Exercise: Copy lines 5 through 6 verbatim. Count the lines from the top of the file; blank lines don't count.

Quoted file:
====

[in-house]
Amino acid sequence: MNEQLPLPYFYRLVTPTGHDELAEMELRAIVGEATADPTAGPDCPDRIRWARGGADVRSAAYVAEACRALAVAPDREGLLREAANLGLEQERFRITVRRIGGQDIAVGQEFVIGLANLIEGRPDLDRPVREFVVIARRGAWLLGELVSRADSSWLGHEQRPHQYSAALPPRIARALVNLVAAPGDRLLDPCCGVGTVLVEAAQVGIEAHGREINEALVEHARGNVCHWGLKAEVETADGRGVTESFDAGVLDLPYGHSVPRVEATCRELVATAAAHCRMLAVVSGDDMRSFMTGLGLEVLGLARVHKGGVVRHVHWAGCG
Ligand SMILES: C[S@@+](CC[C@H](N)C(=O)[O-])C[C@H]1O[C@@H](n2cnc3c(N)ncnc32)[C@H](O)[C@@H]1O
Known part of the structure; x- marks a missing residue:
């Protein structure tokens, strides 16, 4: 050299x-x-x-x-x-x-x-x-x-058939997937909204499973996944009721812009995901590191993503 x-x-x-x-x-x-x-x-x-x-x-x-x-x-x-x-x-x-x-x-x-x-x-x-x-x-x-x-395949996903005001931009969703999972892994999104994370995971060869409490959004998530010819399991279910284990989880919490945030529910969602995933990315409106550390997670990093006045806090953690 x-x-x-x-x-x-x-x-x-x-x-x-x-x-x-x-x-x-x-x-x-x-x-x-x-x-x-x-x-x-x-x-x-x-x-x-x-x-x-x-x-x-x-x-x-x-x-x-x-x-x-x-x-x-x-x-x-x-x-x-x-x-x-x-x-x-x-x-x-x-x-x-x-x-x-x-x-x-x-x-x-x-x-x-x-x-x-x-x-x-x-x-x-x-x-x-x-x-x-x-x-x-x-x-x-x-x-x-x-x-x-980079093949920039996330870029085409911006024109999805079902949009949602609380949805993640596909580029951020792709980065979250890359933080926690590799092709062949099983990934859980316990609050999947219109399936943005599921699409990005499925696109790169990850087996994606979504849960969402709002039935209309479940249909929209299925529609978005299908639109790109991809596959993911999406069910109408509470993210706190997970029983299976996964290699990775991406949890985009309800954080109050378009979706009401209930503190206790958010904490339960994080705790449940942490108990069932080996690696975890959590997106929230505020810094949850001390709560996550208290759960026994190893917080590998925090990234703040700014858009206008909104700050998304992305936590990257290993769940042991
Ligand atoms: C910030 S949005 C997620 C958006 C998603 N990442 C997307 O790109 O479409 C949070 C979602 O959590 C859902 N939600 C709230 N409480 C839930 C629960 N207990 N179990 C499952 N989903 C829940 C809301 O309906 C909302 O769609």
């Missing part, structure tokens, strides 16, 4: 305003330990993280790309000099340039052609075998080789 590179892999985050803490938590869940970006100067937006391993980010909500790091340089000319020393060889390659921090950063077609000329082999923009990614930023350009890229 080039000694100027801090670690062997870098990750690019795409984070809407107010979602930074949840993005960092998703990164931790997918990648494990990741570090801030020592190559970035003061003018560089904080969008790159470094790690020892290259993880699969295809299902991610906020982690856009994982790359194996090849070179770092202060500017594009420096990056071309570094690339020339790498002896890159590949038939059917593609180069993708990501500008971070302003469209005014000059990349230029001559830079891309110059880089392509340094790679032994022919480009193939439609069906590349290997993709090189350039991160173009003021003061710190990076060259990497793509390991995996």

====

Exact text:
């Protein structure tokens, strides 16, 4: 050299x-x-x-x-x-x-x-x-x-058939997937909204499973996944009721812009995901590191993503 x-x-x-x-x-x-x-x-x-x-x-x-x-x-x-x-x-x-x-x-x-x-x-x-x-x-x-x-395949996903005001931009969703999972892994999104994370995971060869409490959004998530010819399991279910284990989880919490945030529910969602995933990315409106550390997670990093006045806090953690 x-x-x-x-x-x-x-x-x-x-x-x-x-x-x-x-x-x-x-x-x-x-x-x-x-x-x-x-x-x-x-x-x-x-x-x-x-x-x-x-x-x-x-x-x-x-x-x-x-x-x-x-x-x-x-x-x-x-x-x-x-x-x-x-x-x-x-x-x-x-x-x-x-x-x-x-x-x-x-x-x-x-x-x-x-x-x-x-x-x-x-x-x-x-x-x-x-x-x-x-x-x-x-x-x-x-x-x-x-x-x-980079093949920039996330870029085409911006024109999805079902949009949602609380949805993640596909580029951020792709980065979250890359933080926690590799092709062949099983990934859980316990609050999947219109399936943005599921699409990005499925696109790169990850087996994606979504849960969402709002039935209309479940249909929209299925529609978005299908639109790109991809596959993911999406069910109408509470993210706190997970029983299976996964290699990775991406949890985009309800954080109050378009979706009401209930503190206790958010904490339960994080705790449940942490108990069932080996690696975890959590997106929230505020810094949850001390709560996550208290759960026994190893917080590998925090990234703040700014858009206008909104700050998304992305936590990257290993769940042991
Ligand atoms: C910030 S949005 C997620 C958006 C998603 N990442 C997307 O790109 O479409 C949070 C979602 O959590 C859902 N939600 C709230 N409480 C839930 C629960 N207990 N179990 C499952 N989903 C829940 C809301 O309906 C909302 O769609």